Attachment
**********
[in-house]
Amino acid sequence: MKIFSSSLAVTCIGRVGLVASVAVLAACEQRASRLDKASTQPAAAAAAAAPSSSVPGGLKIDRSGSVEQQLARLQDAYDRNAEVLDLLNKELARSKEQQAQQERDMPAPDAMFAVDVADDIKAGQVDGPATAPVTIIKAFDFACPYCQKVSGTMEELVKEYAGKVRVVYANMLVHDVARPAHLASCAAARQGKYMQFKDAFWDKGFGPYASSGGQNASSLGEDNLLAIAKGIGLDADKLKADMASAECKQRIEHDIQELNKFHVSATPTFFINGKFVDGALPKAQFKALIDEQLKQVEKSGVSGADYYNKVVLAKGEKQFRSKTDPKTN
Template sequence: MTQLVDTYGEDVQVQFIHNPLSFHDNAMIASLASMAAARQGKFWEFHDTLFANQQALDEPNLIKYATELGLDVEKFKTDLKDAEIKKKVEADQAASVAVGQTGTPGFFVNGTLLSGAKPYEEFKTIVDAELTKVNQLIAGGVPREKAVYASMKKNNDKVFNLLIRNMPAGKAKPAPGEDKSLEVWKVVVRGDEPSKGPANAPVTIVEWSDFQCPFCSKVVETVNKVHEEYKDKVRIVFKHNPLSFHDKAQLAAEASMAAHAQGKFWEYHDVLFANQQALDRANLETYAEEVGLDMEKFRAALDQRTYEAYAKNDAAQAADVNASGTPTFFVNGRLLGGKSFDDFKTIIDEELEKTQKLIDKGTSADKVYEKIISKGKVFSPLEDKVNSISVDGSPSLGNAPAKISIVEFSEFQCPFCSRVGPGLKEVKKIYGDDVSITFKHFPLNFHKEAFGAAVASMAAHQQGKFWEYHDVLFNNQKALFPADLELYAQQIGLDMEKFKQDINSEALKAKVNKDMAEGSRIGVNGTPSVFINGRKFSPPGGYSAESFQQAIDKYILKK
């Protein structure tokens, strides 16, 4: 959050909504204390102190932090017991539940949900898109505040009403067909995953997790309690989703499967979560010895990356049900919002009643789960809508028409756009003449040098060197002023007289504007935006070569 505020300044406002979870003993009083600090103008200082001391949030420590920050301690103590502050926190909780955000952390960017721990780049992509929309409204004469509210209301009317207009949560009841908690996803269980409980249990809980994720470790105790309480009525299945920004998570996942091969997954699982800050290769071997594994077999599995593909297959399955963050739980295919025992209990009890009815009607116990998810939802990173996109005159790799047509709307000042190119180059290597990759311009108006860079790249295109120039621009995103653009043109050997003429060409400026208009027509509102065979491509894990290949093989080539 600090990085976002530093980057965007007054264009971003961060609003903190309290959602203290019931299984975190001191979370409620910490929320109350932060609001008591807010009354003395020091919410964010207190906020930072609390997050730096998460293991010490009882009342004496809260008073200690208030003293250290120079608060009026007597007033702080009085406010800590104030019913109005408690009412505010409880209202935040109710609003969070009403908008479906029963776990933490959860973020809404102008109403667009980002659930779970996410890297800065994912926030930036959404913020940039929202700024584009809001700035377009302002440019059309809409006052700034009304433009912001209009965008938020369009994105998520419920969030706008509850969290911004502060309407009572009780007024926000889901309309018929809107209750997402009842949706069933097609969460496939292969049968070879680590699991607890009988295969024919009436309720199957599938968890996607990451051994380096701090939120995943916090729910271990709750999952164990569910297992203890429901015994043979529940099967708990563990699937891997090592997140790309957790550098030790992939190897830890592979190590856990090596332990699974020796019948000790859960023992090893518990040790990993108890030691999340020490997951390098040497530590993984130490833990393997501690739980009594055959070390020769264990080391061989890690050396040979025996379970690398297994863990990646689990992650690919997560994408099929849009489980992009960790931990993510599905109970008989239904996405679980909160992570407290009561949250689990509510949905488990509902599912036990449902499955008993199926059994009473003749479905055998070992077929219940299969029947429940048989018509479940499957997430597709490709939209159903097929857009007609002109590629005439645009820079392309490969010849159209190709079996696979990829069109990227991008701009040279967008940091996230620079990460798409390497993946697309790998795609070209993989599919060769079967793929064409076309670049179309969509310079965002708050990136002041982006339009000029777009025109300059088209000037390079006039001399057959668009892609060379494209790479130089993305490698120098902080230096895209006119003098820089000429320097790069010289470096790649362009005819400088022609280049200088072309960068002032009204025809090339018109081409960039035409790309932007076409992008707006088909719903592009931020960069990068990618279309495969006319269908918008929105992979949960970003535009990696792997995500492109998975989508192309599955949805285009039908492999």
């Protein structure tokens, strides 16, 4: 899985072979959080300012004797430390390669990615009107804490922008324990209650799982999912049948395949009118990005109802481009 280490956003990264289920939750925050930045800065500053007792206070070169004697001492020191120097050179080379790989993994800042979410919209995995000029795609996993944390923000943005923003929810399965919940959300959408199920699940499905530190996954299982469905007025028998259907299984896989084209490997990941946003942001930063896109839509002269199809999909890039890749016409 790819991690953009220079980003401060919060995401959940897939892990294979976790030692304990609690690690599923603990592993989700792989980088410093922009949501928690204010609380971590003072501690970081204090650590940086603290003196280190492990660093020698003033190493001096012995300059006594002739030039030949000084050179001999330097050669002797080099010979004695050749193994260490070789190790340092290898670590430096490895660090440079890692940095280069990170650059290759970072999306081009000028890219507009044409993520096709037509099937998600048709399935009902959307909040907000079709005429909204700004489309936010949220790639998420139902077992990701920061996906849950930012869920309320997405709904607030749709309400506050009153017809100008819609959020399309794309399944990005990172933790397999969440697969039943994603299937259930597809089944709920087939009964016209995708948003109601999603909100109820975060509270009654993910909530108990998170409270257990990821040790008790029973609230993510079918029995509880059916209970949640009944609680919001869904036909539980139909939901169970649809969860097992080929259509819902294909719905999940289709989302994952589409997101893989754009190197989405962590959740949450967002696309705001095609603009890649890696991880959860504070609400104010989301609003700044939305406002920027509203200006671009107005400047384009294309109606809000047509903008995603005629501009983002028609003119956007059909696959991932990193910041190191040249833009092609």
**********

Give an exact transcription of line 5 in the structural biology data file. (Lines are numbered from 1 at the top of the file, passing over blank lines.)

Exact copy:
């Protein structure tokens, strides 16, 4: 899985072979959080300012004797430390390669990615009107804490922008324990209650799982999912049948395949009118990005109802481009 280490956003990264289920939750925050930045800065500053007792206070070169004697001492020191120097050179080379790989993994800042979410919209995995000029795609996993944390923000943005923003929810399965919940959300959408199920699940499905530190996954299982469905007025028998259907299984896989084209490997990941946003942001930063896109839509002269199809999909890039890749016409 790819991690953009220079980003401060919060995401959940897939892990294979976790030692304990609690690690599923603990592993989700792989980088410093922009949501928690204010609380971590003072501690970081204090650590940086603290003196280190492990660093020698003033190493001096012995300059006594002739030039030949000084050179001999330097050669002797080099010979004695050749193994260490070789190790340092290898670590430096490895660090440079890692940095280069990170650059290759970072999306081009000028890219507009044409993520096709037509099937998600048709399935009902959307909040907000079709005429909204700004489309936010949220790639998420139902077992990701920061996906849950930012869920309320997405709904607030749709309400506050009153017809100008819609959020399309794309399944990005990172933790397999969440697969039943994603299937259930597809089944709920087939009964016209995708948003109601999603909100109820975060509270009654993910909530108990998170409270257990990821040790008790029973609230993510079918029995509880059916209970949640009944609680919001869904036909539980139909939901169970649809969860097992080929259509819902294909719905999940289709989302994952589409997101893989754009190197989405962590959740949450967002696309705001095609603009890649890696991880959860504070609400104010989301609003700044939305406002920027509203200006671009107005400047384009294309109606809000047509903008995603005629501009983002028609003119956007059909696959991932990193910041190191040249833009092609």